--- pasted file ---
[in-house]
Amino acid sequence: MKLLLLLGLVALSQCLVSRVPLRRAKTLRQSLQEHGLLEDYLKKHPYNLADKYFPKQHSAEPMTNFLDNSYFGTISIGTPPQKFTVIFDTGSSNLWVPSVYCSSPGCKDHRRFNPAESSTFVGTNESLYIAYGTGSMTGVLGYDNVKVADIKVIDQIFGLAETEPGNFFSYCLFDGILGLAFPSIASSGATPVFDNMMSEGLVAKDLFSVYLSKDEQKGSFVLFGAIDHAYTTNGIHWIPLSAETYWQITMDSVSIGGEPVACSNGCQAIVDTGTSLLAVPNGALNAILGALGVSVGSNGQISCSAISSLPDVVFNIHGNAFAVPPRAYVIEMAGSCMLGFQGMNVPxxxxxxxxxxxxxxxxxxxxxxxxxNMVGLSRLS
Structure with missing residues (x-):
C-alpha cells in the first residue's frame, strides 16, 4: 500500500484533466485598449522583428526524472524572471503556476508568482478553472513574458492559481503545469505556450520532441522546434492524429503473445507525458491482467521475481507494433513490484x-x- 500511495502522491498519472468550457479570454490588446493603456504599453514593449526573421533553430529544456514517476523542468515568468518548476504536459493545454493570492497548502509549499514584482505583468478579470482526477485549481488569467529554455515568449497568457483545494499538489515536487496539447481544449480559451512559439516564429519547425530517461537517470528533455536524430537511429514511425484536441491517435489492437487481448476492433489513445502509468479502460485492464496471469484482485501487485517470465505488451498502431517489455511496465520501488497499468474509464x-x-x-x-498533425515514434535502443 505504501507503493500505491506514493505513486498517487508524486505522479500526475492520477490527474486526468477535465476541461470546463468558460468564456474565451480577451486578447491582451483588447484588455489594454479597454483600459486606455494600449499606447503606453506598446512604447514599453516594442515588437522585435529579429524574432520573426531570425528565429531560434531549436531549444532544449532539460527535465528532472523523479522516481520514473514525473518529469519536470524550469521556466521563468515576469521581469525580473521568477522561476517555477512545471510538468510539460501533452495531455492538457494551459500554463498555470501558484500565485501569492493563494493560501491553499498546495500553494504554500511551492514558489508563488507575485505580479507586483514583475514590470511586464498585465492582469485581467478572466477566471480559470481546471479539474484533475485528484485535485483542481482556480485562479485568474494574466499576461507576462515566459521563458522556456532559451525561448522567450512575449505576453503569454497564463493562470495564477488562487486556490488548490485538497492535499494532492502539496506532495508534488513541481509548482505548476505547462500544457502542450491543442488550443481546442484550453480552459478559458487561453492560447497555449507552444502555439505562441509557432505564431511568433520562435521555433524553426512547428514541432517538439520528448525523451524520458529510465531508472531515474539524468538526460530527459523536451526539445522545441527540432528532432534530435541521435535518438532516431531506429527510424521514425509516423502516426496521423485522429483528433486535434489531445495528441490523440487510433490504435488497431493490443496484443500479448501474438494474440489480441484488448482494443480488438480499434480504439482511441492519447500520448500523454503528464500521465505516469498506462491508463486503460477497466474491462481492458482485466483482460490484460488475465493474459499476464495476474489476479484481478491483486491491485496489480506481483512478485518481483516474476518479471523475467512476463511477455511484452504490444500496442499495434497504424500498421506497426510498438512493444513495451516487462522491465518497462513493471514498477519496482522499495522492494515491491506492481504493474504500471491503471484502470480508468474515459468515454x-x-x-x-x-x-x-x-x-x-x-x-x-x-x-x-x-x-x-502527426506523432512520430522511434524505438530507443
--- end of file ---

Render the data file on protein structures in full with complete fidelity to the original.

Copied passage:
[in-house]
Amino acid sequence: MKLLLLLGLVALSQCLVSRVPLRRAKTLRQSLQEHGLLEDYLKKHPYNLADKYFPKQHSAEPMTNFLDNSYFGTISIGTPPQKFTVIFDTGSSNLWVPSVYCSSPGCKDHRRFNPAESSTFVGTNESLYIAYGTGSMTGVLGYDNVKVADIKVIDQIFGLAETEPGNFFSYCLFDGILGLAFPSIASSGATPVFDNMMSEGLVAKDLFSVYLSKDEQKGSFVLFGAIDHAYTTNGIHWIPLSAETYWQITMDSVSIGGEPVACSNGCQAIVDTGTSLLAVPNGALNAILGALGVSVGSNGQISCSAISSLPDVVFNIHGNAFAVPPRAYVIEMAGSCMLGFQGMNVPxxxxxxxxxxxxxxxxxxxxxxxxxNMVGLSRLS
Structure with missing residues (x-):
C-alpha cells in the first residue's frame, strides 16, 4: 500500500484533466485598449522583428526524472524572471503556476508568482478553472513574458492559481503545469505556450520532441522546434492524429503473445507525458491482467521475481507494433513490484x-x- 500511495502522491498519472468550457479570454490588446493603456504599453514593449526573421533553430529544456514517476523542468515568468518548476504536459493545454493570492497548502509549499514584482505583468478579470482526477485549481488569467529554455515568449497568457483545494499538489515536487496539447481544449480559451512559439516564429519547425530517461537517470528533455536524430537511429514511425484536441491517435489492437487481448476492433489513445502509468479502460485492464496471469484482485501487485517470465505488451498502431517489455511496465520501488497499468474509464x-x-x-x-498533425515514434535502443 505504501507503493500505491506514493505513486498517487508524486505522479500526475492520477490527474486526468477535465476541461470546463468558460468564456474565451480577451486578447491582451483588447484588455489594454479597454483600459486606455494600449499606447503606453506598446512604447514599453516594442515588437522585435529579429524574432520573426531570425528565429531560434531549436531549444532544449532539460527535465528532472523523479522516481520514473514525473518529469519536470524550469521556466521563468515576469521581469525580473521568477522561476517555477512545471510538468510539460501533452495531455492538457494551459500554463498555470501558484500565485501569492493563494493560501491553499498546495500553494504554500511551492514558489508563488507575485505580479507586483514583475514590470511586464498585465492582469485581467478572466477566471480559470481546471479539474484533475485528484485535485483542481482556480485562479485568474494574466499576461507576462515566459521563458522556456532559451525561448522567450512575449505576453503569454497564463493562470495564477488562487486556490488548490485538497492535499494532492502539496506532495508534488513541481509548482505548476505547462500544457502542450491543442488550443481546442484550453480552459478559458487561453492560447497555449507552444502555439505562441509557432505564431511568433520562435521555433524553426512547428514541432517538439520528448525523451524520458529510465531508472531515474539524468538526460530527459523536451526539445522545441527540432528532432534530435541521435535518438532516431531506429527510424521514425509516423502516426496521423485522429483528433486535434489531445495528441490523440487510433490504435488497431493490443496484443500479448501474438494474440489480441484488448482494443480488438480499434480504439482511441492519447500520448500523454503528464500521465505516469498506462491508463486503460477497466474491462481492458482485466483482460490484460488475465493474459499476464495476474489476479484481478491483486491491485496489480506481483512478485518481483516474476518479471523475467512476463511477455511484452504490444500496442499495434497504424500498421506497426510498438512493444513495451516487462522491465518497462513493471514498477519496482522499495522492494515491491506492481504493474504500471491503471484502470480508468474515459468515454x-x-x-x-x-x-x-x-x-x-x-x-x-x-x-x-x-x-x-502527426506523432512520430522511434524505438530507443